You are driving to work, to your meeting, to your networking event, or even on your day off, then a vehicle for the emergency services suddenly turns up. Some drivers may hear the sound of a siren, then respond accordingly. Some drivers may not even notice until it is right behind them as they are thinking of other things. Emergency vehicles are everywhere, often going at unexpected speeds to respond to the needs of the public.
The emergency vehicle drivers do not expect any driver to put themselves at risk or in danger to allow them to pass. There are some things that every driver can do to assist the emergency vehicle driver, whether fleet driving or not.
How to Assist Emergency Vehicles
- Do not put yourself in danger by moving through a red light into moving traffic. You will be liable for any incident that occurs by you doing so.
- Avoid doing an emergency stop. The driver behind you may not have noticed or seen the emergency vehicle and will not be expecting you to suddenly stop.
- Wait for the vehicle behind you to slow and move left before you do, as if you slow and move left before them, they may not see the emergency vehicle behind and move right, putting you in the path of the emergency vehicle.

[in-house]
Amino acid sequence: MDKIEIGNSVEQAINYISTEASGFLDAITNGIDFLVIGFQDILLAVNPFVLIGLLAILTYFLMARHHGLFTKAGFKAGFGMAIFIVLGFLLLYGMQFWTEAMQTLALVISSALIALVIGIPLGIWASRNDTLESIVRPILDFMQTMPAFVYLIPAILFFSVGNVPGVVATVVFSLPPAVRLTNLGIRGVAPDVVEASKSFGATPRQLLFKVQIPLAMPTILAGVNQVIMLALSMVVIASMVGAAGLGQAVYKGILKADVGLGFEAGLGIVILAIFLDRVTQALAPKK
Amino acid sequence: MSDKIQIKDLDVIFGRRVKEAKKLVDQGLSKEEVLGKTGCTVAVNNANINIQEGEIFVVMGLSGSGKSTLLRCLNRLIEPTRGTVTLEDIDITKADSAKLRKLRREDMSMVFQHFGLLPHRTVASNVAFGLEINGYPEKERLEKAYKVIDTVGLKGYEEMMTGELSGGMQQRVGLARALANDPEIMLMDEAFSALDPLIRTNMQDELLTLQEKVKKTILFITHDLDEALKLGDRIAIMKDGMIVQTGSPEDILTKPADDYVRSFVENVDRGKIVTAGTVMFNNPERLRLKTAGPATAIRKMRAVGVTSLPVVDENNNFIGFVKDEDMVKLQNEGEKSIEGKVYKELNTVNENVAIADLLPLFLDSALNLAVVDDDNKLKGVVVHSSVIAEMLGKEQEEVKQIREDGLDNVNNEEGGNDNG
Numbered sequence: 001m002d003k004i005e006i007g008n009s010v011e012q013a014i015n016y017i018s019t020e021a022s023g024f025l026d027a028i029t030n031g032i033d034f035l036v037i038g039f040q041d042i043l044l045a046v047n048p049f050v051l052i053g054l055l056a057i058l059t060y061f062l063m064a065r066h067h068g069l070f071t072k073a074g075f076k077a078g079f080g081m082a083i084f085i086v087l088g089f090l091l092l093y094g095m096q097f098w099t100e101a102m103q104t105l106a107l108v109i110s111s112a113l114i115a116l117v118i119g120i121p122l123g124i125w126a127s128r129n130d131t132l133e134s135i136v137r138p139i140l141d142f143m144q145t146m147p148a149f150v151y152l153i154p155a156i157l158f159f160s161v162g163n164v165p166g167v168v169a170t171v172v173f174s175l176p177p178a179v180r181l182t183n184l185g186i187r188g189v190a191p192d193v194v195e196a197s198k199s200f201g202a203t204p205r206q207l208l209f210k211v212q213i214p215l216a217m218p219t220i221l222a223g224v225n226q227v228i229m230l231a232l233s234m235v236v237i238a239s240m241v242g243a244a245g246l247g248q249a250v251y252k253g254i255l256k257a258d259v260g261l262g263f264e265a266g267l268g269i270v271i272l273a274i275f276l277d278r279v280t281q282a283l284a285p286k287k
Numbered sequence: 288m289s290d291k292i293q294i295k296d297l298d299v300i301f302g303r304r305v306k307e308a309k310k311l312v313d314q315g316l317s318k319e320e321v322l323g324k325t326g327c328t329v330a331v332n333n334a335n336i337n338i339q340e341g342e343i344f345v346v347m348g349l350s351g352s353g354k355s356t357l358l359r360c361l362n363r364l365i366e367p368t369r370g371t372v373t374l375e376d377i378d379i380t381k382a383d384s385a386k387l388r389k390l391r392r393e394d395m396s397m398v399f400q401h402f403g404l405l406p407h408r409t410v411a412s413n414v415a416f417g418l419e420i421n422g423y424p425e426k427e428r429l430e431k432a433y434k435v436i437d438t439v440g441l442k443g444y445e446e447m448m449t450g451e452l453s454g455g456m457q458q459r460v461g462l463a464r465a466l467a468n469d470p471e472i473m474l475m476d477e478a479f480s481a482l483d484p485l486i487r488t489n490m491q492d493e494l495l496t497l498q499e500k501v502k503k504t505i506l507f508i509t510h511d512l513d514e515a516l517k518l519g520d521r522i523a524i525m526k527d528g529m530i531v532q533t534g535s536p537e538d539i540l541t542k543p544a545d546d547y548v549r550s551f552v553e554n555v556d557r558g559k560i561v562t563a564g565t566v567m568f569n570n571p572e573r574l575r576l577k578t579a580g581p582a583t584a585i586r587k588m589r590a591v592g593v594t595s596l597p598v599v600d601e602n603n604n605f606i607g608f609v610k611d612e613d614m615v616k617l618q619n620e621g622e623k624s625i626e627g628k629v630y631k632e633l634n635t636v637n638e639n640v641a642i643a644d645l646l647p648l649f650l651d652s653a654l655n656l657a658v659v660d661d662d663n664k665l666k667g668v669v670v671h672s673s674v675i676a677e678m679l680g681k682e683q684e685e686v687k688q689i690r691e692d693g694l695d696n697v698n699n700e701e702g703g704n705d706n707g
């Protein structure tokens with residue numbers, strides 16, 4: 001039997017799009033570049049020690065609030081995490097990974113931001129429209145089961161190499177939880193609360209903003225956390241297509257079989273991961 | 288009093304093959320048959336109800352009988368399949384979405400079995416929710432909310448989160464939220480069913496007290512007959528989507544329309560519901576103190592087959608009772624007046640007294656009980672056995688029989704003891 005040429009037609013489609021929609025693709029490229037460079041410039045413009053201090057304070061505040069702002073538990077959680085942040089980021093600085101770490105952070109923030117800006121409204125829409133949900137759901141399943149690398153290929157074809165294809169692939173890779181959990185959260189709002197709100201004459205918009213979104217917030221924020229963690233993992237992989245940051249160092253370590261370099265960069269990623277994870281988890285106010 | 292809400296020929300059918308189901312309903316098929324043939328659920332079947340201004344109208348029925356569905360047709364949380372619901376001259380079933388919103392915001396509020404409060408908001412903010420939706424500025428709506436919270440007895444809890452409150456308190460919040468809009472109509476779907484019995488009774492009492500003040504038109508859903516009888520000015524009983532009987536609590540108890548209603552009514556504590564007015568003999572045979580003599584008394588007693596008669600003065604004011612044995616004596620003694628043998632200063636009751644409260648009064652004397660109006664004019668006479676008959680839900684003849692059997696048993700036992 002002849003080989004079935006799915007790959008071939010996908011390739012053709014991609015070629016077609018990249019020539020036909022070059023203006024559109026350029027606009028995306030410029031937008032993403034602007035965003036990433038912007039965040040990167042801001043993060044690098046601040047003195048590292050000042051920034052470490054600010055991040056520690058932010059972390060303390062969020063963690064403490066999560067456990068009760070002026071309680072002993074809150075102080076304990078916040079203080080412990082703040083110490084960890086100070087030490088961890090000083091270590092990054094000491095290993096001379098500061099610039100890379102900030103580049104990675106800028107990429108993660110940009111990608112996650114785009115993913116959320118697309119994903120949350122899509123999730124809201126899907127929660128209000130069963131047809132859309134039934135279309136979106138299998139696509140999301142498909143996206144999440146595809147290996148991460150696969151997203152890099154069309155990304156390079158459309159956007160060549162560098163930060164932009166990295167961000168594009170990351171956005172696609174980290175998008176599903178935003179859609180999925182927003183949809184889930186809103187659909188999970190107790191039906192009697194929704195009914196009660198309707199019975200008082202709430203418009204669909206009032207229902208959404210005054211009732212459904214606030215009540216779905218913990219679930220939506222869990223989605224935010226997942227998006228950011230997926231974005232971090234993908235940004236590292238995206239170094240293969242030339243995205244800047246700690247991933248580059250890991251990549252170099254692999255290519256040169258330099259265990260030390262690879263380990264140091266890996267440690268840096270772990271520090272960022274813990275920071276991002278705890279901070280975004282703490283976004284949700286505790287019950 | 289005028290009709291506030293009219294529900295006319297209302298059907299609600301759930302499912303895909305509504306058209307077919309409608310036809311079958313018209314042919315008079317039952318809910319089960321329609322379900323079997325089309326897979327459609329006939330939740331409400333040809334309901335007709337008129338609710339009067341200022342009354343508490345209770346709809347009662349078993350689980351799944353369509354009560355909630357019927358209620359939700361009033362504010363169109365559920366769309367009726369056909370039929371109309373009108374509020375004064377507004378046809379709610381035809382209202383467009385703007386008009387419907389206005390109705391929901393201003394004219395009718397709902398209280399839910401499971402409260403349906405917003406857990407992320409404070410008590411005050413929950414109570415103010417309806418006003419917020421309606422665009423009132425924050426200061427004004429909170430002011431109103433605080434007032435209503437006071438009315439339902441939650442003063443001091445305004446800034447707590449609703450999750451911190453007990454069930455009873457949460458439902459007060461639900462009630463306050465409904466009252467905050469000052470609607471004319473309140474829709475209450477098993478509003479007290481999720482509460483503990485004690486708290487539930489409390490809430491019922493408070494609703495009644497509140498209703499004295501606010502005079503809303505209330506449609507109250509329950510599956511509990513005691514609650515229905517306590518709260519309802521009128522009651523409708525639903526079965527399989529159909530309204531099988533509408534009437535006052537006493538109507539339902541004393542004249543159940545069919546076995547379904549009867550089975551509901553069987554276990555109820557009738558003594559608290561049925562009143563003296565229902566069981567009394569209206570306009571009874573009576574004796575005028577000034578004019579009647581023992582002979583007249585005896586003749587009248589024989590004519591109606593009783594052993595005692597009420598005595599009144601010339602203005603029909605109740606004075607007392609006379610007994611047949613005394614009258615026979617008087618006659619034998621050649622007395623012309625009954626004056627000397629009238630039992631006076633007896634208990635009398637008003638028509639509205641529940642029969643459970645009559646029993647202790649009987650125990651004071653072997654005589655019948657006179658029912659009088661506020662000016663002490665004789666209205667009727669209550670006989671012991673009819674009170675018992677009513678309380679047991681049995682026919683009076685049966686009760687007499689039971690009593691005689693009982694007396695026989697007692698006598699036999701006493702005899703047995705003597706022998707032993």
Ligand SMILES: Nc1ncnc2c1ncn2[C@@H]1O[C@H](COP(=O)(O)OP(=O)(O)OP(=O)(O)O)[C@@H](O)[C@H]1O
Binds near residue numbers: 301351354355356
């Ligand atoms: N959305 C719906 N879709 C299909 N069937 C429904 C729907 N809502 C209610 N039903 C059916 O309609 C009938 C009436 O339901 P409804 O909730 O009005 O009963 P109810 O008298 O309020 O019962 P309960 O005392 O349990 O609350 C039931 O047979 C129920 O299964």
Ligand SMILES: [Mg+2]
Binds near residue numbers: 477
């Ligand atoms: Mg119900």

- Stay calm. Look ahead for the most suitable place to give way to them. Reacting out of fear can make you do something unpredictable and make it harder for them to pass.
- Be prepared to stop or move left to let them pass in a suitable place. Always ensure there is enough room for them to pass. Drivers of these vehicles have had training to negotiate around you so let them use these driving skills.
- Do remain patient. If you see that the vehicle is blocking the road, it could be the road is closed for safety, or to gather evidence. If you see an emergency vehicle stopped, and there is plenty of space to get by, provide plenty of room and pass slowly as they may be moving injured people about. If they have blocked the road, just find another way round.
- Do not overtake an emergency vehicle unless directed to do so by a member of the emergency services.
To summarise, do not panic. Consider the route that the emergency vehicle will wish to take and take appropriate action to help it pass. Do not endanger yourself or other road users. Stay safe and help where you can. Do not do anything that will mean that service will have to stand down from their emergency to deal with you or an incident you have caused.